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CT: Norwalk's Grace Episcopal Church To Close After 123 Years

CT: Norwalk's Grace Episcopal Church To Close After 123 Years
Grace Episcopal Church is to close its doors at the end of the month

by Alfred Branch
May 16, 2013

NORWALK, CONN - Financial woes have caught up to Norwalk's Grace Episcopal Church on Union Park, and is to close at the end of the month after 123 years.

The Rev. Lois Keen, who has been pastor at the church for the past seven years, made the announcement Thursday. The Norwalk church will hold its final service at 10 a.m. May 26, which will be presided by the Right Rev. James Curry, she said.

Keen did not disclose specific details about the church's financial situation that led to the closure. But in December, she said it cost about $1,000 per day to operate the 49-year-old building and parish. In addition to Keen's position, the church's expenses include maintenance, utilities, a part-time secretary and a part-time music director.

Since the financial crash of 2008, the church has struggled to generate income from its congregation, many of whom are retired and lost money through lowered pensions, 401(k)s and investments, according to Keen. At the same time, the demand for services increased, such as the English classes provided by Literacy Volunteers.

"The harvest is plentiful, but the laborers are few," parishioner Barbara Bancroft said in a statement, quoting the Gospel of Luke. The church has been a part of Norwalk since 1890 and has been at its current location since 1964.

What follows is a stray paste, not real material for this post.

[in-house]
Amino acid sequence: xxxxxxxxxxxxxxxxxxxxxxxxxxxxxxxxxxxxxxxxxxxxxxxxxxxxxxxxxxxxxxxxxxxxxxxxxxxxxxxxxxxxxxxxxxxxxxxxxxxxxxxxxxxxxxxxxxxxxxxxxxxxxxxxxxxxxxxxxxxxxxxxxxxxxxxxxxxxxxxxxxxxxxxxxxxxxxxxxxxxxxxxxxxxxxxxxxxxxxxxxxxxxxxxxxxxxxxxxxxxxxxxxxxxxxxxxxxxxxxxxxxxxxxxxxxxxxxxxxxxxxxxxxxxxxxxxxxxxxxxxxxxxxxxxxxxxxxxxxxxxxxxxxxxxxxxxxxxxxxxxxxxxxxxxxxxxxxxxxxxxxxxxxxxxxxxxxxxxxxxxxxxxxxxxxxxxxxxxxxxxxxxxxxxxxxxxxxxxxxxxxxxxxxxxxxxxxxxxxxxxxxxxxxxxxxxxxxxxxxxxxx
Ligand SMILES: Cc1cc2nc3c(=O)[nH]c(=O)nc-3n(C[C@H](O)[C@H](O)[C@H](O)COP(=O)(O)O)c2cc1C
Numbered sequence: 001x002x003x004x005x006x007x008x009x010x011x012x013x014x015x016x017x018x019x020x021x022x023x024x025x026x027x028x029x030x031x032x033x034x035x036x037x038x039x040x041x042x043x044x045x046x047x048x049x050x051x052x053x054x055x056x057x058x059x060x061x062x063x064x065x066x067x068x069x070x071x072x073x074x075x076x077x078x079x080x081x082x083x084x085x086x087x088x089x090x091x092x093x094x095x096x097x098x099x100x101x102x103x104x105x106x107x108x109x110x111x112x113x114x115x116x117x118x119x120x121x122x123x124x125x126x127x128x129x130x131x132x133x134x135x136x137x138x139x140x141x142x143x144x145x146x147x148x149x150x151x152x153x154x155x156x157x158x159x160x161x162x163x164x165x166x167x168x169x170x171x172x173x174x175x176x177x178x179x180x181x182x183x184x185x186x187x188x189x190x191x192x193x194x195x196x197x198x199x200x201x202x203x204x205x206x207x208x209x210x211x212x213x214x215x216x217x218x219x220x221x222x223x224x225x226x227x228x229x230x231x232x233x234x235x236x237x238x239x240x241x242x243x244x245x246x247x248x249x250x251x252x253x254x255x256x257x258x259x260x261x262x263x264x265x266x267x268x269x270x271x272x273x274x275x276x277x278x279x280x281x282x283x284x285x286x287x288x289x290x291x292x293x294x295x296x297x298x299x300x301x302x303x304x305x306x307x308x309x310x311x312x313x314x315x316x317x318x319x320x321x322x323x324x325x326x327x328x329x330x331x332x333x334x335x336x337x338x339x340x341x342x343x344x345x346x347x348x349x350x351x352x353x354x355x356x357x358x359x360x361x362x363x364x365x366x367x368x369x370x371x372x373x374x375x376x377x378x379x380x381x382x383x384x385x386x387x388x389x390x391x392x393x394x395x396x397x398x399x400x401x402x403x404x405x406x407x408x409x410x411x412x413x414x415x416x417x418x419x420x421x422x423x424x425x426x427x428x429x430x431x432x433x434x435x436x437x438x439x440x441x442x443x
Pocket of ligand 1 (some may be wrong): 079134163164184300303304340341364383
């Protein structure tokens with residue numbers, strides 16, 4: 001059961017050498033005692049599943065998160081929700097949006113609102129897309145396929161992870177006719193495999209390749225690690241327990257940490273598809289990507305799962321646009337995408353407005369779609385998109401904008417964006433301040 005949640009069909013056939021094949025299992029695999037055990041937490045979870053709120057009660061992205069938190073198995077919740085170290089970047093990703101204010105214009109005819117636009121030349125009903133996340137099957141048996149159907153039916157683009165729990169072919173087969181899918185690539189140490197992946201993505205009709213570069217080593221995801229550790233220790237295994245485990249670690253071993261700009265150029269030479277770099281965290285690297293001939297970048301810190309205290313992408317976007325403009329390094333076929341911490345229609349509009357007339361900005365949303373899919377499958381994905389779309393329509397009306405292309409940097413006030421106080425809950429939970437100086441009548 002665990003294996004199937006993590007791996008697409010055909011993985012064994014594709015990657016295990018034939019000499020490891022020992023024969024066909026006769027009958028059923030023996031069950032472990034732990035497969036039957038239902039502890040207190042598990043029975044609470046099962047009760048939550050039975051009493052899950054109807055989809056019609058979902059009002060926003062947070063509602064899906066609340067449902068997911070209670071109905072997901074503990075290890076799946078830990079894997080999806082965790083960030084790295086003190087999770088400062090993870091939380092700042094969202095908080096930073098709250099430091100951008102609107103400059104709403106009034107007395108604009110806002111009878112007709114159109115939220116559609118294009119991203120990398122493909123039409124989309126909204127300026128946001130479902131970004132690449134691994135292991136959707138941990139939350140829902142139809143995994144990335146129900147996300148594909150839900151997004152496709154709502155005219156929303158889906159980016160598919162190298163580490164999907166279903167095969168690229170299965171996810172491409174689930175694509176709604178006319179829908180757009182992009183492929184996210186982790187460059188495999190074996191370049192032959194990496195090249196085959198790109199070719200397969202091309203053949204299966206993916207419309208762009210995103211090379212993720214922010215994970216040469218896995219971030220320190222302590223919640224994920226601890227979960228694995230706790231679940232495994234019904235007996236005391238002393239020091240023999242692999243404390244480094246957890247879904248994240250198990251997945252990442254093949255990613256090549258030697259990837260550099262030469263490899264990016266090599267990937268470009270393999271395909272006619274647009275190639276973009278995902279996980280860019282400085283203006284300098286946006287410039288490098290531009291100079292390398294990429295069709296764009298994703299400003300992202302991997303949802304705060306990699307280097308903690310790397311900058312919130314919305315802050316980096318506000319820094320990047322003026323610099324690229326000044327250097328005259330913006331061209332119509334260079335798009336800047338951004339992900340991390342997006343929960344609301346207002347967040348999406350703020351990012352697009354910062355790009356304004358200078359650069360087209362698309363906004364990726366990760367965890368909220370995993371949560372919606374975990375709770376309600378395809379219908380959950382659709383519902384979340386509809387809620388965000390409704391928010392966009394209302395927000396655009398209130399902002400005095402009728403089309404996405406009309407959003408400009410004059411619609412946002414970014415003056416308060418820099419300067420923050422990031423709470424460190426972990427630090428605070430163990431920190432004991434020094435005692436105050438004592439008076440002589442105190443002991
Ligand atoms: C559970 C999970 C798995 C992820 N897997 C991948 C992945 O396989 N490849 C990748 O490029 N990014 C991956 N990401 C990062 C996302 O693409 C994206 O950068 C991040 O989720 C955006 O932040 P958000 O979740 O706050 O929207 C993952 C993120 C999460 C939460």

Parishioners voted in April to close the church, according to Keen. Those remaining members will begin to worship at other Episcopal churches in the area.

Iglesia Episcopal Betania, which has also worshiped at the facility for the past three years, will continue to worship in the Grace Episcopal building on Sundays, said Keen. How long Iglesia Betania will remain in the Union Park location was unknown.

Stewardship of the property will revert to The Episcopal Diocese of Connecticut in Hartford, according to Keen.

"My heart breaks as I think about having to go somewhere else to worship, but I know that I'll be OK because God is with me wherever I go," Carol Custus, clerk of the vestry, said in a statement. "Life is made up of stages, and now it's time for all of us to move to the next stage."


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